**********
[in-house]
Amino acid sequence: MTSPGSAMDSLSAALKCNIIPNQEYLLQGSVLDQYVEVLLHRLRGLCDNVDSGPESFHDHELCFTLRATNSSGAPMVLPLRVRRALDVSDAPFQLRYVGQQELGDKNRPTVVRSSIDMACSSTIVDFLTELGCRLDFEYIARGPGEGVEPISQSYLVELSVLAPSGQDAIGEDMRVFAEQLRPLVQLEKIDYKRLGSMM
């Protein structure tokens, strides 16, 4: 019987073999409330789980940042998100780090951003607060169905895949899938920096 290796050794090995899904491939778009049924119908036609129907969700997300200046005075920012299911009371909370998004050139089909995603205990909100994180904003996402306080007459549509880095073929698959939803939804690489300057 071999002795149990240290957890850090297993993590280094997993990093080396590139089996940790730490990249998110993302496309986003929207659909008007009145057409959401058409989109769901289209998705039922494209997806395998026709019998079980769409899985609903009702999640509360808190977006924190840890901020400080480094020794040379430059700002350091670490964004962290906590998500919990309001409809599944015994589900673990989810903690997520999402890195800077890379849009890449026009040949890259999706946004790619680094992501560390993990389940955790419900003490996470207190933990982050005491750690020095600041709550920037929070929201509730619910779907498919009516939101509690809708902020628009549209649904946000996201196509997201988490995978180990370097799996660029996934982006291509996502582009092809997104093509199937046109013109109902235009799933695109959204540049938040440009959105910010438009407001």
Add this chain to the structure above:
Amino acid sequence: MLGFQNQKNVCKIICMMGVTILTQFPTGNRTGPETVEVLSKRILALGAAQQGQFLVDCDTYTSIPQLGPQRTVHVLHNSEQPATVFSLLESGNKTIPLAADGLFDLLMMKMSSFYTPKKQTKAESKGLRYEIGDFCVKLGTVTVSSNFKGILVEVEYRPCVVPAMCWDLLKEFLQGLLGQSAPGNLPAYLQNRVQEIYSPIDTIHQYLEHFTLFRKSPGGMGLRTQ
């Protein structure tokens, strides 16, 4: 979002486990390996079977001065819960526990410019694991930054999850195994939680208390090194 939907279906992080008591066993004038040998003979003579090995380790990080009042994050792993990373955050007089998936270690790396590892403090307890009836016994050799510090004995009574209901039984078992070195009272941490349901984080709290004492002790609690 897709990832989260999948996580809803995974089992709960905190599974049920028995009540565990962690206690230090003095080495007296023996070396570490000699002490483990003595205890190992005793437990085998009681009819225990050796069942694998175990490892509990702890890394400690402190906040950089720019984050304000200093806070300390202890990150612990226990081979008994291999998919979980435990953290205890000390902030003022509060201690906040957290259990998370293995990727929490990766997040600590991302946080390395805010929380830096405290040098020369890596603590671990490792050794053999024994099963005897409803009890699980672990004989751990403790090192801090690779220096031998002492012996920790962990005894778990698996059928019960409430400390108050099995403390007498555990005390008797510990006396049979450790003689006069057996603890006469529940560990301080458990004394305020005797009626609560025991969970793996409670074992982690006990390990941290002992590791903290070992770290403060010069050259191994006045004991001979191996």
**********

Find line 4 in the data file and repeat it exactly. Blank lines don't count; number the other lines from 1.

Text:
Add this chain to the structure above: